IEEE Transactions on Circuits and Systems for Video Technology     Hybrid Journal   (Followers: 26)
IEEE Transactions on Consumer Electronics     Hybrid Journal   (Followers: 46)
IEEE Transactions on Electron Devices     Hybrid Journal   (Followers: 19)
IEEE Transactions on Geoscience and Remote Sensing     Hybrid Journal   (Followers: 226)
IEEE Transactions on Haptics     Hybrid Journal   (Followers: 5)
IEEE Transactions on Industrial Electronics     Hybrid Journal   (Followers: 75)
IEEE Transactions on Industry Applications     Hybrid Journal   (Followers: 40)
IEEE Transactions on Information Theory     Hybrid Journal   (Followers: 27)
IEEE Transactions on Learning Technologies     Full-text available via subscription   (Followers: 12)
IEEE Transactions on Power Electronics     Hybrid Journal   (Followers: 80)
IEEE Transactions on Services Computing     Hybrid Journal   (Followers: 4)
IEEE Transactions on Signal and Information Processing over Networks     Hybrid Journal   (Followers: 14)
IEEE Transactions on Software Engineering     Hybrid Journal   (Followers: 79)
IEEE Women in Engineering Magazine     Hybrid Journal   (Followers: 11)
IEEE/OSA Journal of Optical Communications and Networking     Hybrid Journal   (Followers: 16)
IEICE - Transactions on Electronics     Full-text available via subscription   (Followers: 12)
IEICE - Transactions on Information and Systems     Full-text available via subscription   (Followers: 5)
IET Cyber-Physical Systems : Theory & Applications     Open Access   (Followers: 1)
IET Energy Systems Integration     Open Access   (Followers: 1)
IET Microwaves, Antennas & Propagation     Hybrid Journal   (Followers: 36)
IET Nanodielectrics     Open Access  
IET Power Electronics     Hybrid Journal   (Followers: 60)
IET Smart Grid     Open Access   (Followers: 1)
IET Wireless Sensor Systems     Hybrid Journal   (Followers: 18)
IETE Journal of Education     Open Access   (Followers: 4)
IETE Journal of Research     Open Access   (Followers: 11)
IETE Technical Review     Open Access   (Followers: 13)
IJEIS (Indonesian Journal of Electronics and Instrumentation Systems)     Open Access   (Followers: 3)
Industrial Technology Research Journal Phranakhon Rajabhat University     Open Access  
Informatik-Spektrum     Hybrid Journal   (Followers: 2)
Instabilities in Silicon Devices     Full-text available via subscription   (Followers: 1)
Intelligent Transportation Systems Magazine, IEEE     Full-text available via subscription   (Followers: 14)
International Journal of Advanced Research in Computer Science and Electronics Engineering     Open Access   (Followers: 18)
International Journal of Advances in Telecommunications, Electrotechnics, Signals and Systems     Open Access   (Followers: 12)
International Journal of Antennas and Propagation     Open Access   (Followers: 11)
International Journal of Applied Electronics in Physics & Robotics     Open Access   (Followers: 4)
International Journal of Computational Vision and Robotics     Hybrid Journal   (Followers: 5)
International Journal of Control     Hybrid Journal   (Followers: 11)
International Journal of Electronics     Hybrid Journal   (Followers: 7)
International Journal of Electronics and Telecommunications     Open Access   (Followers: 13)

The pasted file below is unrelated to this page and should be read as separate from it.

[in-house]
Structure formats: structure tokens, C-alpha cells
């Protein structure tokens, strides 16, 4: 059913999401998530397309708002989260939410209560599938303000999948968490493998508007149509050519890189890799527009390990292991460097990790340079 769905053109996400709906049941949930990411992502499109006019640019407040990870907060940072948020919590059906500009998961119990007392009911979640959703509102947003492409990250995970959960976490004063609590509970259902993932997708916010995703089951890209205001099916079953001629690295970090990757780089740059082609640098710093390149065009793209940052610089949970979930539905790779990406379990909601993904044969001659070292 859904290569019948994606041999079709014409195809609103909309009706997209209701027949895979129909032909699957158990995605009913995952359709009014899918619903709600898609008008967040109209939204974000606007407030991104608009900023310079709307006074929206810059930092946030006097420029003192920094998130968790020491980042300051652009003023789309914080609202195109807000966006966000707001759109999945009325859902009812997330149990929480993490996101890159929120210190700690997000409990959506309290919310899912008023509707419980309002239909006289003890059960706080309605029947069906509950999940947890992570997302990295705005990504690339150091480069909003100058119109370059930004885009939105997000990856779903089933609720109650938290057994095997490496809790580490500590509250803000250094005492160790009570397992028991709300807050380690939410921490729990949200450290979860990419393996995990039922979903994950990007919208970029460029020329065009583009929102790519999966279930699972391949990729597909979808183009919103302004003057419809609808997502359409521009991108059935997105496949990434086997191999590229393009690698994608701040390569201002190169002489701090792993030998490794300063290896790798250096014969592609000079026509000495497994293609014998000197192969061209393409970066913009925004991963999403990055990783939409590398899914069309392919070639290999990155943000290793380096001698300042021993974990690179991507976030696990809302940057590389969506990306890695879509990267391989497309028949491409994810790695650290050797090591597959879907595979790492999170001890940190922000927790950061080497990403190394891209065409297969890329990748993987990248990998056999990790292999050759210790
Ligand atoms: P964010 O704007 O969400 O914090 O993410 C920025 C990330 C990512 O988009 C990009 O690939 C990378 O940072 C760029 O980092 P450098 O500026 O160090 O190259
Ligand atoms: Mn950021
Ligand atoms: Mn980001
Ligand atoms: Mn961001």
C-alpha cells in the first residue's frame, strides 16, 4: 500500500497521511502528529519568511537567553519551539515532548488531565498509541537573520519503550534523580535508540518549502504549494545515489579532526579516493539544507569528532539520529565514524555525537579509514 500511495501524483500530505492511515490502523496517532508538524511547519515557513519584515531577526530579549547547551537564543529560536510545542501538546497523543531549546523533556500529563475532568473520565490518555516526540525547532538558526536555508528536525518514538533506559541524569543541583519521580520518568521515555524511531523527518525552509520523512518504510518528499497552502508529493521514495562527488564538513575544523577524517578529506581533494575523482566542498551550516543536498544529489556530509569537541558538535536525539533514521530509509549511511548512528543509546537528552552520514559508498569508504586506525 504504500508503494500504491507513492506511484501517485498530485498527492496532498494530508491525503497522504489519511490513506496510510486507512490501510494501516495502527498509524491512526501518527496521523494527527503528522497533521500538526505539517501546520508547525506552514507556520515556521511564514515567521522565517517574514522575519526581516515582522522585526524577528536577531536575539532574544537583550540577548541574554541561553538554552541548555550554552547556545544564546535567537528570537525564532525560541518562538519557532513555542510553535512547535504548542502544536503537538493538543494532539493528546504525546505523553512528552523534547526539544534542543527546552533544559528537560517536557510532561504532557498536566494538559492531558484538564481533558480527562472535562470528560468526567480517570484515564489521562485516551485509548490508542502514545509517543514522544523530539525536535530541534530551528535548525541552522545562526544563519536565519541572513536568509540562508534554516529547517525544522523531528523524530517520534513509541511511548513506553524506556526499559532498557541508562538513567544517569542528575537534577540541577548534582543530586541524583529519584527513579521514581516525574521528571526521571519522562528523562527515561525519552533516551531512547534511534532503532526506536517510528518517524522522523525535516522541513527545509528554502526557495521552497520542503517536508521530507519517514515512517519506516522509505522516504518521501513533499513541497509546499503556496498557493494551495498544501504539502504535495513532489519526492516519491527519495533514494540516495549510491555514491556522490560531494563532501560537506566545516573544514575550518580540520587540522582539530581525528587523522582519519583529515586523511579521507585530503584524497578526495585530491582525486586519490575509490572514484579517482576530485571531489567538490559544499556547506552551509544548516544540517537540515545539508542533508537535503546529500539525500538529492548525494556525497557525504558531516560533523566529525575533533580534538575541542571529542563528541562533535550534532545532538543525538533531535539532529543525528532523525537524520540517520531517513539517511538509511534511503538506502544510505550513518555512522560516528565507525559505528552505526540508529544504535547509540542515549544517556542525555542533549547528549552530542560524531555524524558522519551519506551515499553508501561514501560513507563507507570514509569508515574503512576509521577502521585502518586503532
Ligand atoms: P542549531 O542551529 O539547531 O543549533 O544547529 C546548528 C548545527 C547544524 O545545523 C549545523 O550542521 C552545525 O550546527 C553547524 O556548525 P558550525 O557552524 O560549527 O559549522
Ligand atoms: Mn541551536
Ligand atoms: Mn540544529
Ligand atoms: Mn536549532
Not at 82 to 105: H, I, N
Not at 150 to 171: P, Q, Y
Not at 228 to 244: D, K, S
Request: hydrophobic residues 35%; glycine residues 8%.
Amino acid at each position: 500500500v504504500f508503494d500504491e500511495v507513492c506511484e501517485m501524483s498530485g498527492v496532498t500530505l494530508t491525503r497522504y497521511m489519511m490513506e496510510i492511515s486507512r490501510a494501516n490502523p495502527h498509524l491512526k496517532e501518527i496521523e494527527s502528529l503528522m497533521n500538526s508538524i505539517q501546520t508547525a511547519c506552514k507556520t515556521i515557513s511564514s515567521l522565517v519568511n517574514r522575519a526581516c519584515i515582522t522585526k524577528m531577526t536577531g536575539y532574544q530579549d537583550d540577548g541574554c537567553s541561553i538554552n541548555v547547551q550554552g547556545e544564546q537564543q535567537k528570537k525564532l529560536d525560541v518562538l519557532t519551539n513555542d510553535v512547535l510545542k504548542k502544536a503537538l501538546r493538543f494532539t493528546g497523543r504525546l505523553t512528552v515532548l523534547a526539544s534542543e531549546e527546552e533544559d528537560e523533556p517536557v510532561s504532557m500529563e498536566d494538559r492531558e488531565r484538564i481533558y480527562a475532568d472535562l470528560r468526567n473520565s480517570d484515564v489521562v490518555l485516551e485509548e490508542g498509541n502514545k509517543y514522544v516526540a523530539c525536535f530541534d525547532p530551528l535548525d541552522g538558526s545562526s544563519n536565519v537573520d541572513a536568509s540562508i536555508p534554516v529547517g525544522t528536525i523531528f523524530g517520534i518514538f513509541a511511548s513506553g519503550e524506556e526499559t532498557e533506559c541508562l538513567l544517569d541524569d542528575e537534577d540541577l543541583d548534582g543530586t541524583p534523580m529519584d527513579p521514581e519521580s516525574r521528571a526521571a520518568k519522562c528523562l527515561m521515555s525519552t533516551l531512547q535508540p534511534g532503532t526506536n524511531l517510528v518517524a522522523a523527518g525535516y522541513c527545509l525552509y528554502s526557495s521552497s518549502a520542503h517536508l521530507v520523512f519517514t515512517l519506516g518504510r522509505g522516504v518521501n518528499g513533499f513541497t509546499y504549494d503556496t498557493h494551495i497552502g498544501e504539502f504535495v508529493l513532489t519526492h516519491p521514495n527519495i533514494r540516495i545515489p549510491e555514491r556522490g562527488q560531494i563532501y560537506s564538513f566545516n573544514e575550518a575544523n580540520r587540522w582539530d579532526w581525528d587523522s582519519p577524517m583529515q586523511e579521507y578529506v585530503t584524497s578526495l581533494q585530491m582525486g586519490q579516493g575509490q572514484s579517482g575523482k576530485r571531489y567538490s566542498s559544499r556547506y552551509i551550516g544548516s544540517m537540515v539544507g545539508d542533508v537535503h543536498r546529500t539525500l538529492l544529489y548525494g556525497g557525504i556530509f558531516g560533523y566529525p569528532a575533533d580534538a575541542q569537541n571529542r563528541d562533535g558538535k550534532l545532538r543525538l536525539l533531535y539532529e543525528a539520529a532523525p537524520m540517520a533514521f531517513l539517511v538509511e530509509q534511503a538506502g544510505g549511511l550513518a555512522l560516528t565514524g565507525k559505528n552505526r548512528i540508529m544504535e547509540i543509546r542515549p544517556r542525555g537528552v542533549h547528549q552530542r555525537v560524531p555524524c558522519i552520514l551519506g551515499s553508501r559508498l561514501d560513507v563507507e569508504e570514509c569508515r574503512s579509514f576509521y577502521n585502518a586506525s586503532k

International Journal of Granular Computing, Rough Sets and Intelligent Systems     Hybrid Journal   (Followers: 3)
International Journal of High Speed Electronics and Systems     Hybrid Journal  
International Journal of Hybrid Intelligence     Hybrid Journal  
International Journal of Image, Graphics and Signal Processing     Open Access   (Followers: 16)
International Journal of Microwave and Wireless Technologies     Hybrid Journal   (Followers: 10)
International Journal of Nanoscience     Hybrid Journal   (Followers: 1)
International Journal of Numerical Modelling: Electronic Networks, Devices and Fields     Hybrid Journal   (Followers: 4)
International Journal of Power Electronics     Hybrid Journal   (Followers: 25)
International Journal of Review in Electronics & Communication Engineering     Open Access   (Followers: 4)
International Journal of Sensors, Wireless Communications and Control     Hybrid Journal   (Followers: 10)
International Journal of Systems, Control and Communications     Hybrid Journal   (Followers: 4)
International Journal of Wireless and Microwave Technologies     Open Access   (Followers: 6)
International Transaction of Electrical and Computer Engineers System     Open Access   (Followers: 2)
JAREE (Journal on Advanced Research in Electrical Engineering)     Open Access  
Journal of Biosensors & Bioelectronics     Open Access   (Followers: 4)
Journal of Advanced Dielectrics     Open Access   (Followers: 1)
Journal of Artificial Intelligence     Open Access   (Followers: 12)
Journal of Circuits, Systems, and Computers     Hybrid Journal   (Followers: 4)
Journal of Computational Intelligence and Electronic Systems     Full-text available via subscription   (Followers: 1)
Journal of Electrical and Electronics Engineering Research     Open Access   (Followers: 38)
Journal of Electrical Bioimpedance     Open Access  
Journal of Electrical Bioimpedance     Open Access   (Followers: 2)
Journal of Electrical Engineering & Electronic Technology     Hybrid Journal   (Followers: 7)
Journal of Electrical, Electronics and Informatics     Open Access  
Journal of Electromagnetic Analysis and Applications     Open Access   (Followers: 8)
Journal of Electromagnetic Waves and Applications     Hybrid Journal   (Followers: 9)
Journal of Electronic Design Technology     Full-text available via subscription   (Followers: 6)
Journal of Electronic Science and Technology     Open Access   (Followers: 1)
Journal of Electronics (China)     Hybrid Journal   (Followers: 5)
Journal of Energy Storage     Full-text available via subscription   (Followers: 4)